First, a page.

A proposed state constitutional amendment could grant residents of Missouri stronger digital privacy protections. The amendment passed the state’s legislature, and will be voted on by the general electorate in August.
The amendment to Missouri’s constitution would delete a current section of the document, and replace it with a new section that has amended wording. Here’s the new text:
Section 15. That the people shall be secure in their persons, papers, homes, effects, and electronic communications and data, from unreasonable searches and seizures; and no warrant to search any place, or seize any person or thing, or access electronic data or communication, shall issue without describing the place to be searched, or the person or thing to be seized, or the data or communication to be accessed, as nearly as may be, nor without probably cause, supported by written oath or affirmation.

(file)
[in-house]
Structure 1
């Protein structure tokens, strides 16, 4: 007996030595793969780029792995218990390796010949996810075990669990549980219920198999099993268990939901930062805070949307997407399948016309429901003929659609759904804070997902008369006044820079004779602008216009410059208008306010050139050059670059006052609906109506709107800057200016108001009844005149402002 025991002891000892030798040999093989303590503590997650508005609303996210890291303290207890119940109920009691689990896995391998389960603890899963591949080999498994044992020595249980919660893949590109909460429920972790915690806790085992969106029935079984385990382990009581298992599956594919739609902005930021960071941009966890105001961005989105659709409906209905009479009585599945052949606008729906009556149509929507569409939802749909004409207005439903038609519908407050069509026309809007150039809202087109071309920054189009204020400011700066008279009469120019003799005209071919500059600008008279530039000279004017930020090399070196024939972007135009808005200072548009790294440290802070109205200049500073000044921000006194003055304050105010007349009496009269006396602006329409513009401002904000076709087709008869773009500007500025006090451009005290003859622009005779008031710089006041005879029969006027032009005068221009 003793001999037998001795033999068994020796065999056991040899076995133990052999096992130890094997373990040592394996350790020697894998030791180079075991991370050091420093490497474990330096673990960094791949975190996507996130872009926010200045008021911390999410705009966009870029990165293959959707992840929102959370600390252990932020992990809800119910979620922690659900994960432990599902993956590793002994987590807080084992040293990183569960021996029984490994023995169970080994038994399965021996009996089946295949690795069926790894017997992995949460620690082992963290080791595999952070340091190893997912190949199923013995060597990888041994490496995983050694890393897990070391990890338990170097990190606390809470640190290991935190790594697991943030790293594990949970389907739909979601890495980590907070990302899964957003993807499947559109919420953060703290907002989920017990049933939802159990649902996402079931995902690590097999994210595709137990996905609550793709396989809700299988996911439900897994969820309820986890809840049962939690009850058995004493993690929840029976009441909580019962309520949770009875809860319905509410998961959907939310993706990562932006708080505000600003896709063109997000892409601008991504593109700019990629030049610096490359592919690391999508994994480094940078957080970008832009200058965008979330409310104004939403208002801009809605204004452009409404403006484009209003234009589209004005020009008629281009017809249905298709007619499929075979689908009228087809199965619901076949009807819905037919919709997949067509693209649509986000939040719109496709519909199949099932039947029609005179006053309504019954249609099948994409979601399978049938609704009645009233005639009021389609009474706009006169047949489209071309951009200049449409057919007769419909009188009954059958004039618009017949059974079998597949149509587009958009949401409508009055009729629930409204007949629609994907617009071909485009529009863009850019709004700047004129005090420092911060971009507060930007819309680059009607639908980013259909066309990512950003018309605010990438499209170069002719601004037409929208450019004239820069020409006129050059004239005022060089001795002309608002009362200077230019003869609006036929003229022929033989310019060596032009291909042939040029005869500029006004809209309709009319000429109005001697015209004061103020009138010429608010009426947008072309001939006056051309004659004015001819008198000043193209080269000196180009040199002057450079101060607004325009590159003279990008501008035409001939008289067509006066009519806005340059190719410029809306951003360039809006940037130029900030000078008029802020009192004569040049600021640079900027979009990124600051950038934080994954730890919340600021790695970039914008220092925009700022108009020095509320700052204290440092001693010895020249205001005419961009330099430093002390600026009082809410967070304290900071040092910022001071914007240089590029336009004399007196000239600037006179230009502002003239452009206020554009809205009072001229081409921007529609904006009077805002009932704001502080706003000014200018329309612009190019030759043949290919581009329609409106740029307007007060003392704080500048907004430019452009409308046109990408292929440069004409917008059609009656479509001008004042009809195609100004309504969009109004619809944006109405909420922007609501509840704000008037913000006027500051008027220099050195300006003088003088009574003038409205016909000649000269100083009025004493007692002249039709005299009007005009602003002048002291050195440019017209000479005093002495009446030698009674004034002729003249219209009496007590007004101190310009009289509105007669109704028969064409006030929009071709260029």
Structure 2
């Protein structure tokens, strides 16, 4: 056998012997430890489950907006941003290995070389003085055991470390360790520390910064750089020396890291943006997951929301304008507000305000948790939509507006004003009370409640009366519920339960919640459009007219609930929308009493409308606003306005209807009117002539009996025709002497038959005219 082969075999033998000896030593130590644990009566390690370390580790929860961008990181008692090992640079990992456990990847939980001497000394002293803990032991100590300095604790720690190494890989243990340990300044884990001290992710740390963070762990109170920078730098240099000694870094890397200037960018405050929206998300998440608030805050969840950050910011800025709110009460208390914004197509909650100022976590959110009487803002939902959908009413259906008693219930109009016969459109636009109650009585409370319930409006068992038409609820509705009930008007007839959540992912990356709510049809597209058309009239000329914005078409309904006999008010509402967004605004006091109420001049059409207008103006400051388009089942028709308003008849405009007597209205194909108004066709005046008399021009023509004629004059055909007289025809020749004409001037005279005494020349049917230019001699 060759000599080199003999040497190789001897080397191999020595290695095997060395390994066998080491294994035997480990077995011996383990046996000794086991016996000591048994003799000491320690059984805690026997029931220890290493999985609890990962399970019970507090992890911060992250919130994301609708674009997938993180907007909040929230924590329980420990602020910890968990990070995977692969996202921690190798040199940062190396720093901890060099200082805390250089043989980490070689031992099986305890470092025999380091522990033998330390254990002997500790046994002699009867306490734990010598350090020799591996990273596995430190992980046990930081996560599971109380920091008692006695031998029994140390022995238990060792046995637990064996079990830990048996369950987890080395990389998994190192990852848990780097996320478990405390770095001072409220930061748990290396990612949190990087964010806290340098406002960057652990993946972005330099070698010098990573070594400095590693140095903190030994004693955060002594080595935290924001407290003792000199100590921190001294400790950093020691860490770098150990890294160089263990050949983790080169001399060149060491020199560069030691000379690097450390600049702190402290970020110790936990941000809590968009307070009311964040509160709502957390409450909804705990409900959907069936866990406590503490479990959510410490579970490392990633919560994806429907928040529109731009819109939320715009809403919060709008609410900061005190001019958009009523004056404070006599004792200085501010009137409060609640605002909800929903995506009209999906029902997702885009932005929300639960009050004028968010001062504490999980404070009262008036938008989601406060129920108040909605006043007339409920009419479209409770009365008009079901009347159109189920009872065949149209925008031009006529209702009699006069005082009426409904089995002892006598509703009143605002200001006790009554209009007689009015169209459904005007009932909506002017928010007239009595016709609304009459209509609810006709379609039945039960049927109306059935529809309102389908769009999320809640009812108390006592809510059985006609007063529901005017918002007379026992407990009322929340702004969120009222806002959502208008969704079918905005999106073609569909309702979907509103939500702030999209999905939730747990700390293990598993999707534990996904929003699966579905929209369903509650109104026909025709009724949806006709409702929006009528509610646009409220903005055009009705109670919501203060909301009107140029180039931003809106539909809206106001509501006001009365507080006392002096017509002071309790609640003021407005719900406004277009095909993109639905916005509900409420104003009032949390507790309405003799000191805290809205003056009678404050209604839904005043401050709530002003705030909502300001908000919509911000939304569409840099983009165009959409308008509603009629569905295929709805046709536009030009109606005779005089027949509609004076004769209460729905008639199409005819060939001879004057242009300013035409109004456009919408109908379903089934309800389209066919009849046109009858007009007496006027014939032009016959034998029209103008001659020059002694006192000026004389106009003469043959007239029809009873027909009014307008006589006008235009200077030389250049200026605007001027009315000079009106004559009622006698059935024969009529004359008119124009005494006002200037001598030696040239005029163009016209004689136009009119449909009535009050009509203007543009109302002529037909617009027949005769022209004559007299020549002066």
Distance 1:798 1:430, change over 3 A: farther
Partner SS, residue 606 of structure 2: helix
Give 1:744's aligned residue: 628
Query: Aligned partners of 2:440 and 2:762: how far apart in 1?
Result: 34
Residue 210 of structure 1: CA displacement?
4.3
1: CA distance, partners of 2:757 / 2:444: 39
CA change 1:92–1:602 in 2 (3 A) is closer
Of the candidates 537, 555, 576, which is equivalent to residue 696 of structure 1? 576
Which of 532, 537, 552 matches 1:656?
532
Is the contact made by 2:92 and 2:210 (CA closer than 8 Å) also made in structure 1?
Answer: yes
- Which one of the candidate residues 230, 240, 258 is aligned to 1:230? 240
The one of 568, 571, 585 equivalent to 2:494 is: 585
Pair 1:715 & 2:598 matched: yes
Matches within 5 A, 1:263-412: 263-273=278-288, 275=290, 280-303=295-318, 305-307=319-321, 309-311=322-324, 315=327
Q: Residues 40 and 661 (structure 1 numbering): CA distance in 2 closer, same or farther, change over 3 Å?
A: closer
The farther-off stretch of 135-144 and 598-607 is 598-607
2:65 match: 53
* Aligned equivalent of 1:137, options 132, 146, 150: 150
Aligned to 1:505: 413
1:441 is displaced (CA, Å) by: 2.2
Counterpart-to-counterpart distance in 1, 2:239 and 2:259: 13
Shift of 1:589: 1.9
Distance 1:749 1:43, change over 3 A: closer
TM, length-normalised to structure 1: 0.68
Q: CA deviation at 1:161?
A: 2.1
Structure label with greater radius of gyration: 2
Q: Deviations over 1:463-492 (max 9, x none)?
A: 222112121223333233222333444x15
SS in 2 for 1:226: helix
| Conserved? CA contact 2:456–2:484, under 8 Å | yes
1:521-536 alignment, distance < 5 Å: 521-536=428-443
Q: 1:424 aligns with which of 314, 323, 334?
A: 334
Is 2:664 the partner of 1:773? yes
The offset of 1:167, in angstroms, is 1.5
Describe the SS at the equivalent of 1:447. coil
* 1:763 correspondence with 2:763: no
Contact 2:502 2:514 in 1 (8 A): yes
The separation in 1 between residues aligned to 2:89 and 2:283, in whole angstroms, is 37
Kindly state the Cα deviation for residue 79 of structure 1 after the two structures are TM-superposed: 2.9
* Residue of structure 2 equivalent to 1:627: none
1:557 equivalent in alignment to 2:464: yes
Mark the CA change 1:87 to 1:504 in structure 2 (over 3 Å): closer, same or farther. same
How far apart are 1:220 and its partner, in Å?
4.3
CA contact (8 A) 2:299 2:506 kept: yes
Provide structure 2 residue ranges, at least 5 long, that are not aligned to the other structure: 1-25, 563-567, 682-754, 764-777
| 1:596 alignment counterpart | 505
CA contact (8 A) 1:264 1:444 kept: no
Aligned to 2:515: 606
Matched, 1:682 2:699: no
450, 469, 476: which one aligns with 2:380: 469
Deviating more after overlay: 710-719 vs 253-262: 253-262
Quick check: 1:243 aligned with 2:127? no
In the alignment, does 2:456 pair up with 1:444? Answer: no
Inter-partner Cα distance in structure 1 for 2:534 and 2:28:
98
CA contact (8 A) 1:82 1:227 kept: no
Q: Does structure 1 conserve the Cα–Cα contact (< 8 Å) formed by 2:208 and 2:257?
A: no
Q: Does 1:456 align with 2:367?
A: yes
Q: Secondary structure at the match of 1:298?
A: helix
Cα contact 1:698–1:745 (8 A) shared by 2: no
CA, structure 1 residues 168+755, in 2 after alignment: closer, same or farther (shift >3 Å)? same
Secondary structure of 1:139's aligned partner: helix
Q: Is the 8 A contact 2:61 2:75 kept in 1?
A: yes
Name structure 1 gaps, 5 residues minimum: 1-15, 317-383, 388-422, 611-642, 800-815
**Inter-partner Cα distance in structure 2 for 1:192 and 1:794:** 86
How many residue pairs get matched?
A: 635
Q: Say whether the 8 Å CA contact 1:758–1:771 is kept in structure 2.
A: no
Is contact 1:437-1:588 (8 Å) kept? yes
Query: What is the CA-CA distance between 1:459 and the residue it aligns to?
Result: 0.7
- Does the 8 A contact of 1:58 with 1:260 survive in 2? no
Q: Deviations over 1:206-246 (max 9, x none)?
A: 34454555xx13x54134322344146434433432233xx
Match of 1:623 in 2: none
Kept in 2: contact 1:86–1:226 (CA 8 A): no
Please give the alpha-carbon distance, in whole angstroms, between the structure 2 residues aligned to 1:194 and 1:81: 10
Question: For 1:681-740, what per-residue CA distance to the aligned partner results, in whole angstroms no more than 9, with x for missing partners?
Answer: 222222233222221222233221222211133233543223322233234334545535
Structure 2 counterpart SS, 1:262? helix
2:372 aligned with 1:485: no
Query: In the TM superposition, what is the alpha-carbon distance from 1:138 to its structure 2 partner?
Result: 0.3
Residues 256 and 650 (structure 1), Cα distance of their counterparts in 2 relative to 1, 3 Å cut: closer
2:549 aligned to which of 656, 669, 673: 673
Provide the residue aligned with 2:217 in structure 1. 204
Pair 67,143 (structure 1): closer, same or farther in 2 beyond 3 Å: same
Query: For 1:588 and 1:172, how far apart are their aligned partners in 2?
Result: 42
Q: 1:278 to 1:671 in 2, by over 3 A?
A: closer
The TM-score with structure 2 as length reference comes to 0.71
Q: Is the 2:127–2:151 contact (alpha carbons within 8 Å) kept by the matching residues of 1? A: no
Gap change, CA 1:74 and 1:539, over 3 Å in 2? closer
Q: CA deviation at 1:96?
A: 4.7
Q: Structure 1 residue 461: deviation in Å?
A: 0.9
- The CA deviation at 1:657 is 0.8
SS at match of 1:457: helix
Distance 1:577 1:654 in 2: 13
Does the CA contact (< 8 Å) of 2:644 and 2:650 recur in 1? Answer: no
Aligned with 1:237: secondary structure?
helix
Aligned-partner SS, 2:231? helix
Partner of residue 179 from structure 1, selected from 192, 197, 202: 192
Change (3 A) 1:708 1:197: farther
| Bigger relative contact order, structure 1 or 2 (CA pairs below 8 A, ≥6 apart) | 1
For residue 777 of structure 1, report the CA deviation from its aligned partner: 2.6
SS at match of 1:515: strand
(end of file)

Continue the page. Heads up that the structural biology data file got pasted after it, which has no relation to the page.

Here’s what the ballot will say in August:
Shall the Missouri Constitution be amended so that the people shall be secure in their electronic communications and data from unreasonable searches and seizures as they are now likewise secure in their persons, homes, papers and effects?”
I have a sneaking suspicion that that will prove popular. If I am reading Missouri law correctly, only a simple majority needs to vote in favor of the amendment for it to pass. So, the bar here for enaction isn’t as high as you might have thought.
State Representative Paul Curtman was quoted in MissouriNet saying that the vote could have national impact: “If the people of Missouri are concerned enough about this issue that they’re willing to adjust our Constitution to make sure that they further secure their own rights of electronic privacy and communications, the rest of the country should take note of that.”
While government at the federal level tries to find its keys when it comes to digital privacy and the like, it’s nice to see that states, those laboratories of democracy, are forging ahead on the issue.